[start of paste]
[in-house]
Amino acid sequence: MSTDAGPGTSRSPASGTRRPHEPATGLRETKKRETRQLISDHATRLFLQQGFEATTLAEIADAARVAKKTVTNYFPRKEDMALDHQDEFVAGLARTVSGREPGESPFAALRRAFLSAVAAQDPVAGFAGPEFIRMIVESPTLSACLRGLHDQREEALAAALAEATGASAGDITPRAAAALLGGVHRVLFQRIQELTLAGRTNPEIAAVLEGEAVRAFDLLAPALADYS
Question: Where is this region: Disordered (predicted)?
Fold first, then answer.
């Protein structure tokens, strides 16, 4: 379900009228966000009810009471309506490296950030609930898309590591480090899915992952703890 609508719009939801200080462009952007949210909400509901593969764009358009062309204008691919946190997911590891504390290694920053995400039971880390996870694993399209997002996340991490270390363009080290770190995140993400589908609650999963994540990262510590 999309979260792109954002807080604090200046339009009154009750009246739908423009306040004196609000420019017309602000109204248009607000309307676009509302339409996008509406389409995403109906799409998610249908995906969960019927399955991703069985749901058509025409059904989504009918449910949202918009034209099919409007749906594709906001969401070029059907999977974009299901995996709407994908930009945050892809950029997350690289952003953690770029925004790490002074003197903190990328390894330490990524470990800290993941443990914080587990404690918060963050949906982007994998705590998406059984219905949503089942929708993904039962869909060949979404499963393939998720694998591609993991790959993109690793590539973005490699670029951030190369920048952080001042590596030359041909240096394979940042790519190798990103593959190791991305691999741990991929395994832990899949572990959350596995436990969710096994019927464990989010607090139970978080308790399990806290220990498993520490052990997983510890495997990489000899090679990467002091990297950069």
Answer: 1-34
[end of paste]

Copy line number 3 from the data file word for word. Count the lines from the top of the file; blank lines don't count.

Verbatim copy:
Question: Where is this region: Disordered (predicted)?